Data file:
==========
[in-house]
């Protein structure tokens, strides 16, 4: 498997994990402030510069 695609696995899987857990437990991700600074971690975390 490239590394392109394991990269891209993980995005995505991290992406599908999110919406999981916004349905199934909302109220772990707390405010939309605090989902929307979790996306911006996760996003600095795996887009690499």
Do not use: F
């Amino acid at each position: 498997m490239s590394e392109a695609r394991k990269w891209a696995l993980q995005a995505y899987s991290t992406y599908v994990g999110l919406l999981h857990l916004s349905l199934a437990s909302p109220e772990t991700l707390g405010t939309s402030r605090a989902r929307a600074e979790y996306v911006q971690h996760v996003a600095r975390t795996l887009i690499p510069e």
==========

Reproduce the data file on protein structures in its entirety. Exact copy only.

[in-house]
């Protein structure tokens, strides 16, 4: 498997994990402030510069 695609696995899987857990437990991700600074971690975390 490239590394392109394991990269891209993980995005995505991290992406599908999110919406999981916004349905199934909302109220772990707390405010939309605090989902929307979790996306911006996760996003600095795996887009690499």
Do not use: F
């Amino acid at each position: 498997m490239s590394e392109a695609r394991k990269w891209a696995l993980q995005a995505y899987s991290t992406y599908v994990g999110l919406l999981h857990l916004s349905l199934a437990s909302p109220e772990t991700l707390g405010t939309s402030r605090a989902r929307a600074e979790y996306v911006q971690h996760v996003a600095r975390t795996l887009i690499p510069e």